4. Accessorize darling…
In Australia I thought winter was all about wearing lots of cozy layers and big thick jumpers and coats. Here, I’ve learnt that its the little things that make a huuuuge difference. Winter accessories are a must – you 100% cannot leave the house without a scarf, hat and gloves or you will freeze. The icy winter wind will sneak down your neck, your fingertips may turn purple and without a hat you can forget about ever feeling your earlobes again. The most shocking thing I saw over our Christmas break was an Irish lad skiing without gloves….I don’t know how his hands survived. Accessorize every day!
Mum and Dad luvin’ their hat investments…
5. Use the right products
S managed to terrify my mum into thinking her lips were going to freeze and fall off completely when he shared this particular tip, but it is an important one. In winter you need to use different moisturizers and lip balms than you would in summer. A lot of beauty products have water based ingredients, so if you use them in winter weather you will only dry out your skin/lips, causing more pain than you had in the first place. Apothekes here in Austria sell winter lip balm for about €4 so treat yourself to the right products. I promise your lips won’t fall off!
6. Get into the Spirit
Winter can be cold, grey and wet. Or, if you have the right attitude it can also be beautifully white, magical and the perfect time to develop new skills. This is my third winter in Austria and there’s at least 3 new skills I’ve developed in that time. My skiing has improved massively – only possible in winter. I’ve gained an excellent ability for choosing delicious Glüwein – only possible in winter. I’ve ice-skated outside a hilltop palace – only possible winter.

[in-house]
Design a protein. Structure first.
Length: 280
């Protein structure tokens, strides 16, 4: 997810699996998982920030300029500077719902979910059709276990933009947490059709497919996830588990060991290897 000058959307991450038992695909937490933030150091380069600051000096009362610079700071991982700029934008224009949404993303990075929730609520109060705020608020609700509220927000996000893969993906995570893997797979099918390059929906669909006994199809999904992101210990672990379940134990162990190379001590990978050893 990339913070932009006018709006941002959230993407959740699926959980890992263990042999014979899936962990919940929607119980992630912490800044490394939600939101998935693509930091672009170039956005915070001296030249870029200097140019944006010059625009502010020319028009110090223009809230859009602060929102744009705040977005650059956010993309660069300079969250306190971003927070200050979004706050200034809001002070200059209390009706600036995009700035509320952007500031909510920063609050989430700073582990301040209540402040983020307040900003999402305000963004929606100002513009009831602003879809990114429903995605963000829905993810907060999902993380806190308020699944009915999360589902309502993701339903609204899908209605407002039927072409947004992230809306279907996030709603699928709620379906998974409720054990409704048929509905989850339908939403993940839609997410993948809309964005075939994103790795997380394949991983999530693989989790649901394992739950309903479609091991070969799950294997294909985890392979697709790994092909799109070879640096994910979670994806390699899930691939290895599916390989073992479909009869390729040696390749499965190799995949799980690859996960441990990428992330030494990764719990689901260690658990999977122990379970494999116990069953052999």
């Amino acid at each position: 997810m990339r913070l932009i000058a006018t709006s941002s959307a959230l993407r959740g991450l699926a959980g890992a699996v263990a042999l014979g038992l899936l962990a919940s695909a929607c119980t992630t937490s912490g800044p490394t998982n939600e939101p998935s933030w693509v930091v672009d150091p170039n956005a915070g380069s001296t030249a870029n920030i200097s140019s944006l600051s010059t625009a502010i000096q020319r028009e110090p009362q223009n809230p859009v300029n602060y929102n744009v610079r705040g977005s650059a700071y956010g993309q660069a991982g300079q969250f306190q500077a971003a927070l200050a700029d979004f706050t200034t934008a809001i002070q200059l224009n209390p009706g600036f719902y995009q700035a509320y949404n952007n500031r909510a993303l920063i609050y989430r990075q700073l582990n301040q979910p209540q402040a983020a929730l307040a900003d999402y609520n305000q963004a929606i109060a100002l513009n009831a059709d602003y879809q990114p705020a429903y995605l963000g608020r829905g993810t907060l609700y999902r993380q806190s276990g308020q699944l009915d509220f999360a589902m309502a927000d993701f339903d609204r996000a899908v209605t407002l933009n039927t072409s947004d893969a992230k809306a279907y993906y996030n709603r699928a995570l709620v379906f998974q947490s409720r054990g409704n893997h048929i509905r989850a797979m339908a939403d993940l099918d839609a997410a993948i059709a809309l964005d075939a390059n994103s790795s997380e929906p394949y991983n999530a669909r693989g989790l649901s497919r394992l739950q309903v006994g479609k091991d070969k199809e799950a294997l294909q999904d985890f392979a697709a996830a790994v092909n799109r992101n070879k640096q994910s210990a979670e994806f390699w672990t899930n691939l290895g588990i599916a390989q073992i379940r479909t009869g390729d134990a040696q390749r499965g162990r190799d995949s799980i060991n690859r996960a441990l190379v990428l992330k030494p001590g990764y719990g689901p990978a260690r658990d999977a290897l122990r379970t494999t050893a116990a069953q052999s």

Ice-skating very carefully at Schloss Wilhemenberg
Overall a cold winter is what you make it – so embrace the many wonderful opportunities winter brings and enjoy it- no one ever had fun spending 3 months inside whining!
What’s your best survival tip for winter? I’m sure I’ve missed a few crucial ones so let me know your strategies in the comments.
So, you’ve had a taste of Schönbrunn Palace, a swim on top of the city and enjoyed the heights of Prater Park. If you missed it, check here.
Now for the seriously cultured side of Vienna.
Head first to the Museums Quartier, or MQ as it’s known to the locals. A hub of Museums surround an enclave of cafes and comfy hang out spots within a gorgeous courtyard. This place is always energetic and inspiring.
Official photography from MQ site http://www.mqw.at/de/presse/pressefotos/das-mq/
To fuel the next few hours of looking at art, its imperative to indulge in good coffee. I’m sure that’s why MQ has so many funky cafes, the better to fortify yourself for artistic discoveries!
Artistic Prep time in the Leopold Cafe…good to go!!
The Leopold Museum is currently housing a magnificent exhibition of Schiele & Klimt, two big names of the Vienna Secession art movement. An artist friend of mine (http://sarahmasson.com.au/) was in town recently so it was the perfect excuse to finally check out the famous works.
Klimts art is pretty unavoidable in Vienna – he’s a hometown sensation, born and raised in the 14th District of Vienna. Consequently, all souvenir shops are plastered with cheap reproductions of his most famous paintings.
Pretty sure he never envisioned his work on Tins of Tea